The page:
The first thing is to understand the terminology. In North Carolina, there are five possible components of divorce – equitable distribution, child custody, child support, spousal support and divorce.
Equitable distribution is the fair division of marital property. Our law recognizes that marriage is a partnership to which both spouses – whether they work outside the home or not – make valuable contributions, often in different ways. So, property and debt that was acquired during the marriage is presumed to be marital property. That means bank accounts, 401K accounts, real estate, student loans (acquired during the marriage), etc. are not “his” or “hers” but belong to both of you and should be divided fairly. So, the name on the title is not what matters; rather when was it purchased? If it was between the date of marriage and the date of separation, then it is presumed to belong to both of you.
Child custody is based on the “best interests” of the child. Legal custody is the ability to make decisions on behalf of the child and physical custody is where the child is staying, and is often referred to as parenting time or visitation. Our judges, in most cases, will want parents to be involved in their child’s life and it is generally believed that this is in the best interests of the child. When settling custody, parents can decide to become joint legal decision-makers and share physical custody within a framework that works best for their family.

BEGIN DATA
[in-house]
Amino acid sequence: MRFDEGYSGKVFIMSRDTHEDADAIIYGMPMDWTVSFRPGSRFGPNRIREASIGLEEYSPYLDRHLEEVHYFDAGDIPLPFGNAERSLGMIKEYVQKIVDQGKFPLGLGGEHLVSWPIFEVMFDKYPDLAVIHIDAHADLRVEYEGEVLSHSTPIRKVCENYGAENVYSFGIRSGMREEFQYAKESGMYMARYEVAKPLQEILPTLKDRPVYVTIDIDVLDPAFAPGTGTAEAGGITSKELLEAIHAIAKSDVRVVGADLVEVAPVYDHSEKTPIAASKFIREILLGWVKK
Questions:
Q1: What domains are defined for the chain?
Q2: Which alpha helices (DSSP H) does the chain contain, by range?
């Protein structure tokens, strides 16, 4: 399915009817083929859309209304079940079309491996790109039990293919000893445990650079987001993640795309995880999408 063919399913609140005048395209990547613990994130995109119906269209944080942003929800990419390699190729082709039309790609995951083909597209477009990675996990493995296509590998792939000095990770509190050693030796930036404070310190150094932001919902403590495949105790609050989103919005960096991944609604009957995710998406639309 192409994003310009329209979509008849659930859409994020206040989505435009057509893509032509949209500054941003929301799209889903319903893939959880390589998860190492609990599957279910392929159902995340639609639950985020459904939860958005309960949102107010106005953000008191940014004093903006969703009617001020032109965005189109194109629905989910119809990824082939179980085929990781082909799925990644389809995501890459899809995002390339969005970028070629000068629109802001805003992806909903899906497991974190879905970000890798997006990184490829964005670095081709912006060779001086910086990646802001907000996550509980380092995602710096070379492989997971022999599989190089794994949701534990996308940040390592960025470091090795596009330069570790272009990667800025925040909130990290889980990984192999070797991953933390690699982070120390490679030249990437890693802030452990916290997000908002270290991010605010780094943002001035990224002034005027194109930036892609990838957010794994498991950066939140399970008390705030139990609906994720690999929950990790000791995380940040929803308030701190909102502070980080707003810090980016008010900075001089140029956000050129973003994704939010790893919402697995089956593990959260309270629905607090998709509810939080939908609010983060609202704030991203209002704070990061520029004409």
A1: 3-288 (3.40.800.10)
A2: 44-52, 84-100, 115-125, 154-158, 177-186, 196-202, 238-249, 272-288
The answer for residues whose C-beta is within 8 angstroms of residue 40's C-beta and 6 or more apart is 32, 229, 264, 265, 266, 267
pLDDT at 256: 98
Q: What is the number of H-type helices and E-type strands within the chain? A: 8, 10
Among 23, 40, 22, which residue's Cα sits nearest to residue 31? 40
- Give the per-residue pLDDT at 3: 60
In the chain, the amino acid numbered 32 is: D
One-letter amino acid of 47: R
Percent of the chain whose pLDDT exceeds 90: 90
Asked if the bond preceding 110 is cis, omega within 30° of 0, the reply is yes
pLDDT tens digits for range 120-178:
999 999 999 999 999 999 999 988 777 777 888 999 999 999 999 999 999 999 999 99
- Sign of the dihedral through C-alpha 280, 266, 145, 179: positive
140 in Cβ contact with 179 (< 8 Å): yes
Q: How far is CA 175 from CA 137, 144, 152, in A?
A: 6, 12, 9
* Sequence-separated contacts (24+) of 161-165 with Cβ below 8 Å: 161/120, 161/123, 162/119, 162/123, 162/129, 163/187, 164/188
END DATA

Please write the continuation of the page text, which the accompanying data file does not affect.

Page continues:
Child support is financial support for the benefit of the child. It is mostly based on the income of the parents. For parents who earn up to a certain level, child support is calculated pursuant to the North Carolina Child Support Guidelines. In high income cases, child support is determined by dividing the children’s actual expenses between the parents according to their respective incomes.
Spousal Support includes both post-separation support – or temporary financial support for the time between separation and when alimony begins – and alimony, which is support that lasts until an event occurs – death of a spouse, remarriage, or a specific date determined by the court or the parties in settlement. Factors considered include the respective incomes and earning capacities, the standard of living during the marriage and any marital misconduct. Our law recognizes that a supporting spouse should continue to financially assist a dependent spouse meet his or her needs and expenses for some period of time following separation and divorce.